PANAMA CITY, JULY 28 -- Opposition leaders today declared a two-day general strike a complete success and began planning their next moves to counter what they called a new wave of repression by the government of military strongman Gen. Manuel Antonio Noriega.

The general strike shut down economic activity in the Panamanian capital and other cities for a second day today amid a continuing furor over the arrest of a leading Noriega critic, retired colonel Roberto Diaz Herrera, after a military assault on his house in a luxurious residential district yesterday.

A news blackout that was imposed by the military on the opposition through the closure of three newspapers and a radio station continued today. Security forces Sunday night shut down the leading opposition newspaper, La Prensa, and two other papers on the eve of the general strike.

A spokesman for the opposition National Civic Crusade, a grouping of 106 business and professional organizations that called the strike, said leaders decided in a clandestine meeting this afternoon not to extend the work stoppage beyond the previously planned 48 hours. According to National Crusade spokesman Roberto Brines, members of the organization who said they feared arrests yesterday after the attack on Diaz Herrera's house plan to come out of hiding Wednesday for a meeting to decide their next moves.

Brines said a crackdown by Noriega since Sunday meant that Panama "is no longer a quasi-democracy but a full-fledged military dictatorship" and that the opposition would announce stronger measures, including longer strikes, to deal with the new situation and try to force Noriega's ouster.

{A State Department official in Washington said the Reagan administration has adopted a "wait-and-see" attitude for the moment on the developing situation in Panama. The official said the administration sees "no need to get out in front" while an intense national debate and test of strength among Panamanians is taking place.

{State Department spokesman Charles Redman, for the second straight day, called on the government of Panama "to end all interruption or censorship of press reporting immediately." He said the United States regards the curbs on news "indefensible."

{"The United States calls on all Panamanians, and particularly government security officials, to avoid the use of force or violence," Redman said.}

Noriega, the commander of the 15,000-member Panamanian Defense Forces, formerly called the National Guard, is the power behind the government of nominal President Eric A. Delvalle.

Government-controlled newspapers today published photographs of Diaz Herrera at a public prosecutor's office, where he was taken yesterday after troops backed by helicopters stormed his house and captured him and 45 followers. The photographs, showing the former military second-in-command from the waist up, revealed no sign of any injuries.

There were unconfirmed reports yesterday that Diaz Herrera had been wounded while he and his supporters resisted the assault on his home for more than an hour. The former colonel's lawyers said today that he had been beaten during his arrest, but was not wounded by gunfire. The lawyers and Roman Catholic Church leaders maintained, despite military denials, that several persons were hurt in yesterday's battle, but they had no confirmation of any deaths.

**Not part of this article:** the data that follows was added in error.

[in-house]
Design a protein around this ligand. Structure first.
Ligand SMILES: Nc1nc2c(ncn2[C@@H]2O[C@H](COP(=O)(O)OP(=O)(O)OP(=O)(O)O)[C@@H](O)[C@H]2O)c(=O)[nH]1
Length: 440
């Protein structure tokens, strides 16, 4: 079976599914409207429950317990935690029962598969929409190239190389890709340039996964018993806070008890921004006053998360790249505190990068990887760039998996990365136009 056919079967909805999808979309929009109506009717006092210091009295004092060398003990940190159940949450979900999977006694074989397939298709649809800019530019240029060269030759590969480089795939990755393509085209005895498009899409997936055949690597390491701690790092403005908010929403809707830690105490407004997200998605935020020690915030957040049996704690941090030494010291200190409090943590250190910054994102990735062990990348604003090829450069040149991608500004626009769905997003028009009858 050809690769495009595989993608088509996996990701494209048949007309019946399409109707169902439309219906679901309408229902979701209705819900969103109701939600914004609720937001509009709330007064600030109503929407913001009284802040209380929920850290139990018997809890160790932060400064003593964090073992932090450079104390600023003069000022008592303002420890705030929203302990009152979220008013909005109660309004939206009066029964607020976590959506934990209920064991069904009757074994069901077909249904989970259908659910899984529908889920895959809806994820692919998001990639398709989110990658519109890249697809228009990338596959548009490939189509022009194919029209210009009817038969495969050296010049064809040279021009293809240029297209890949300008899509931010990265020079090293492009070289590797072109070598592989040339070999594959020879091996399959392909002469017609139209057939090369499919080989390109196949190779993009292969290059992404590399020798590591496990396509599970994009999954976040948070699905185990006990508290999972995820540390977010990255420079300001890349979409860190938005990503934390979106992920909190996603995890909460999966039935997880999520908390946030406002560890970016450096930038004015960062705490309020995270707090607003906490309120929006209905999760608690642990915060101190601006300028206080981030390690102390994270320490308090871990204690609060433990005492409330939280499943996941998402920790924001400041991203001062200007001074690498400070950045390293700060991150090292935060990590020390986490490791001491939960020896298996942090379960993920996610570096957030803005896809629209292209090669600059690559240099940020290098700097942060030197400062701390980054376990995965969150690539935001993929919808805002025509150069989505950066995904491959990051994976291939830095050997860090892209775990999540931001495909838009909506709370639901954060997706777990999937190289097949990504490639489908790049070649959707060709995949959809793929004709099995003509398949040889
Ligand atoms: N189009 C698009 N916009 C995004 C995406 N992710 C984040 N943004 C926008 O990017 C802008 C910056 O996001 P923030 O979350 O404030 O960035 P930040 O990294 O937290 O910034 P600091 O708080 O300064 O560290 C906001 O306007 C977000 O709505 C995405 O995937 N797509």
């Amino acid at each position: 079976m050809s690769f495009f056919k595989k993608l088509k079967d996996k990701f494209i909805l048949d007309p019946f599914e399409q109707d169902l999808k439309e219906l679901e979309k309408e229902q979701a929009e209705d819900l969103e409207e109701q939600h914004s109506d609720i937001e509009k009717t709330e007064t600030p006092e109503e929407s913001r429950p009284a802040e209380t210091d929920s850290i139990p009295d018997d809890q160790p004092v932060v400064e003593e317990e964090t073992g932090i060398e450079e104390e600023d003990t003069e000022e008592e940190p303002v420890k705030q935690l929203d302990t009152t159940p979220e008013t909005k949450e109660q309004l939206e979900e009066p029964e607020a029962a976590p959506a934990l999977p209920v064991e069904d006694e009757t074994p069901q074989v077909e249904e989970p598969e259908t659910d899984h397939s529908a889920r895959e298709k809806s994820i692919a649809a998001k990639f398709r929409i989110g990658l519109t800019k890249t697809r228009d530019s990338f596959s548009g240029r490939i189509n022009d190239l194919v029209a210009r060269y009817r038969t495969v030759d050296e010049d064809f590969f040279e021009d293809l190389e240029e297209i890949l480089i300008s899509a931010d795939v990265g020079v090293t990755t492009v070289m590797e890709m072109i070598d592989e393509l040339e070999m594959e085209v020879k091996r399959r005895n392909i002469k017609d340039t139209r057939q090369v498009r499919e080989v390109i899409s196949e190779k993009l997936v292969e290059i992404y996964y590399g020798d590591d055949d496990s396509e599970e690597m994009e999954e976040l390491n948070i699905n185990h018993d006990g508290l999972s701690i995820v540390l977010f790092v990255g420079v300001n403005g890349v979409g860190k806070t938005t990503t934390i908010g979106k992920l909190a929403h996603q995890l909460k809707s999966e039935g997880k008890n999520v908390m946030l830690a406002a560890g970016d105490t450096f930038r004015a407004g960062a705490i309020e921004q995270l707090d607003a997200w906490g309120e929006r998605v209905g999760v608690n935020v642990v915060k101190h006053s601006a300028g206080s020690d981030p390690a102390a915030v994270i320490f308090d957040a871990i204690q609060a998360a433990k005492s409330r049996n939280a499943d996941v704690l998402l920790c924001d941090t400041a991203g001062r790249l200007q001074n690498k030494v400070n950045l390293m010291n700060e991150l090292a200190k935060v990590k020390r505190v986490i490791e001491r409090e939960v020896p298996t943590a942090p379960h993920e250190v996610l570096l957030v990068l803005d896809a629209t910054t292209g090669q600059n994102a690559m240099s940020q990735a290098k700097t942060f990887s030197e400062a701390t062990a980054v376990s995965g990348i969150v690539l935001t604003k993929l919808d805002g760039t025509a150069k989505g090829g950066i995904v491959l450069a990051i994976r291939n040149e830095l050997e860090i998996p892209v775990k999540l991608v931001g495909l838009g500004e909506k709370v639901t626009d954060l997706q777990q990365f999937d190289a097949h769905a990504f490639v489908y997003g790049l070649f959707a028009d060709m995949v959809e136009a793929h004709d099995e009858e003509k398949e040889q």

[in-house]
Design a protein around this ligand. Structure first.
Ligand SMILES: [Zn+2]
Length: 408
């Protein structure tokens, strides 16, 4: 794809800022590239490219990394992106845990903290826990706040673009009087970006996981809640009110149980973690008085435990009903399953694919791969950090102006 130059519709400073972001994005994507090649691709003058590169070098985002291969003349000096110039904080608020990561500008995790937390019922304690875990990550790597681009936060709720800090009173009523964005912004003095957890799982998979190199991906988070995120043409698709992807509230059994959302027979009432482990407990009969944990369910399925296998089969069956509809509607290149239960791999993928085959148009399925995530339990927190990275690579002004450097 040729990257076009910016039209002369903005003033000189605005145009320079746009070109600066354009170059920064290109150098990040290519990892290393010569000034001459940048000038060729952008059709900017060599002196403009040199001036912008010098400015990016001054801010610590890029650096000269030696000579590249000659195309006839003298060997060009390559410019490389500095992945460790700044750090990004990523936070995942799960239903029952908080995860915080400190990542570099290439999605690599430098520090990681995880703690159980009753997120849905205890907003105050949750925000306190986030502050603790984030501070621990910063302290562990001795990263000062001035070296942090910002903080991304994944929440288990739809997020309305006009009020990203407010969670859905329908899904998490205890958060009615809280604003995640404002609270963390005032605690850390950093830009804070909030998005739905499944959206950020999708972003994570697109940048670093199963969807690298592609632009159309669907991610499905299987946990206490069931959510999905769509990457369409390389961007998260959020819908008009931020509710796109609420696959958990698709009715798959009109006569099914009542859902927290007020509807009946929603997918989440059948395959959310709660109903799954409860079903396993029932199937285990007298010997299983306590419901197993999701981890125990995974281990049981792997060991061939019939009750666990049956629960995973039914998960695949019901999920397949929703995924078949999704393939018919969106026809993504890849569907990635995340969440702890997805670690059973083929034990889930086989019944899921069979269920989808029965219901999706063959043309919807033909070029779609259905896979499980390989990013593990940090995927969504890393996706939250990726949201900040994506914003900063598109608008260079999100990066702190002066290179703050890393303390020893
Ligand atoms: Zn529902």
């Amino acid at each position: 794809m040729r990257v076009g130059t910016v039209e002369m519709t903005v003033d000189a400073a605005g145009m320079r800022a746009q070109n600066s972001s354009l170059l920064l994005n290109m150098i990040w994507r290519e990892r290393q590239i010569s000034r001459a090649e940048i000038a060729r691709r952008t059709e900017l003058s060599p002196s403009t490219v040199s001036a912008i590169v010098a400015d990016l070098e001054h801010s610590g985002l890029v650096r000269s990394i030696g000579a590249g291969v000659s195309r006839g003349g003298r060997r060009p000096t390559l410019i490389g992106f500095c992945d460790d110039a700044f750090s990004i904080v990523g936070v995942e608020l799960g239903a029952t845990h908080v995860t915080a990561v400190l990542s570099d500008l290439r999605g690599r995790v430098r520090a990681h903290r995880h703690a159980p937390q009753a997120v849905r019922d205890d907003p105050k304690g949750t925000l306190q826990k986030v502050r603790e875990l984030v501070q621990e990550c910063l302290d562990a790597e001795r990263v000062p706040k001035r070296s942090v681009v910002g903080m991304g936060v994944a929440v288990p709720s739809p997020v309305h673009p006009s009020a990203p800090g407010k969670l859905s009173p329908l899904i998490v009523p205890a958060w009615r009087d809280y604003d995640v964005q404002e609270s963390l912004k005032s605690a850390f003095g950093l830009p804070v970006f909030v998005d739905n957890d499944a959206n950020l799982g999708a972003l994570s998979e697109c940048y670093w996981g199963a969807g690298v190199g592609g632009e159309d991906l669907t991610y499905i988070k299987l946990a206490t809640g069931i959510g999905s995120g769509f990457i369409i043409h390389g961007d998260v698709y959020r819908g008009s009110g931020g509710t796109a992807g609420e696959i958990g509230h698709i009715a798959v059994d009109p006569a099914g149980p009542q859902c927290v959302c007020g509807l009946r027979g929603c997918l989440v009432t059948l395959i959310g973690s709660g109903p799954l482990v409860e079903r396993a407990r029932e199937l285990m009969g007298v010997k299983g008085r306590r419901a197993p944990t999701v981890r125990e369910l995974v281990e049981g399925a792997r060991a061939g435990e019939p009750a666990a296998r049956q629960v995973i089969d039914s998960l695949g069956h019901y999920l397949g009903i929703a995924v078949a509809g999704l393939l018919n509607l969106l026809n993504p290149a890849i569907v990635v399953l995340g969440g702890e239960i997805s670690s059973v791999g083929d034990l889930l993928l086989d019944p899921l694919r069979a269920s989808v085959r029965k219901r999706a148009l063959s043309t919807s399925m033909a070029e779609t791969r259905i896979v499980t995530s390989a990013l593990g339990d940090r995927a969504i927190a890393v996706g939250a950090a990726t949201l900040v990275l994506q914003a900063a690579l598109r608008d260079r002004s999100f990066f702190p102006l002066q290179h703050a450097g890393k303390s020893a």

Lawyers and church officials said they still had not been permitted to see Diaz Herrera or any of his relatives and supporters arrested with him yesterday.

Diaz Herrera, who was forced to resign as chief of staff of the armed forces June 1, triggered a wave of public protests when he began accusing Noriega of involvement in massive corruption, election fraud and the murder of a prominent political opponent, among other charges.

Diaz Herrera has been described by the government as being mentally unstable, and diplomatic sources who are not partial to either side agree. Diaz Herrera's statements against Noriega have appeared to mix fanciful falsehoods with charges that many Panamanians have long considered to be true, but the fact that the allegations were being aired by someone from Noriega's inner military circle has charged Panama's political atmosphere and fueled the protests.

In an apparent effort to discredit Diaz Herrera, an avowed mystic, government-controlled newspapers today printed photographs allegedly from his house showing an altar adorned with pictures of the former colonel's bushy-haired Indian guru, Sahid Baba, a picture of Jesus and a Bible.

A military spokesman said that a search of Diaz Herrera's home had produced no proof of his allegations against Noriega and that the colonel failed to present any such evidence during his appearance at the prosecutor's office. Diaz Herrera has failed to appear at the prosecutor's office when summoned on previous occasions, but once showed up there unannounced and was asked to go home.

Government-controlled media said Diaz Herrera faces 10 to 15 years in jail if convicted on charges of endangering state security and keeping an arsenal of weapons.

A decree published today accused the three opposition newspapers of violating a law against inciting "rebellion, sedition or rioting" and said they would remain closed while an investigation was being carried out by the attorney general's office.

{The American Society of Newspaper Editors yesterday sent a telegram to Noriega strongly protesting the newspaper closings. "We urge you to swiftly rescind the closure order so the people of Panama can have access to the news of the day," Christian Science Monitor editor Katherine Fanning, president of the organization, said in the telegram. "Closing down a newspaper is the worst form of censorship and a disservice to the people of Panama."}

Aris de Icaza, the president of a leading independent radio station, Radio Exitosa, said authorities put him off the air by cutting power to his transmitter at 3 a.m. yesterday.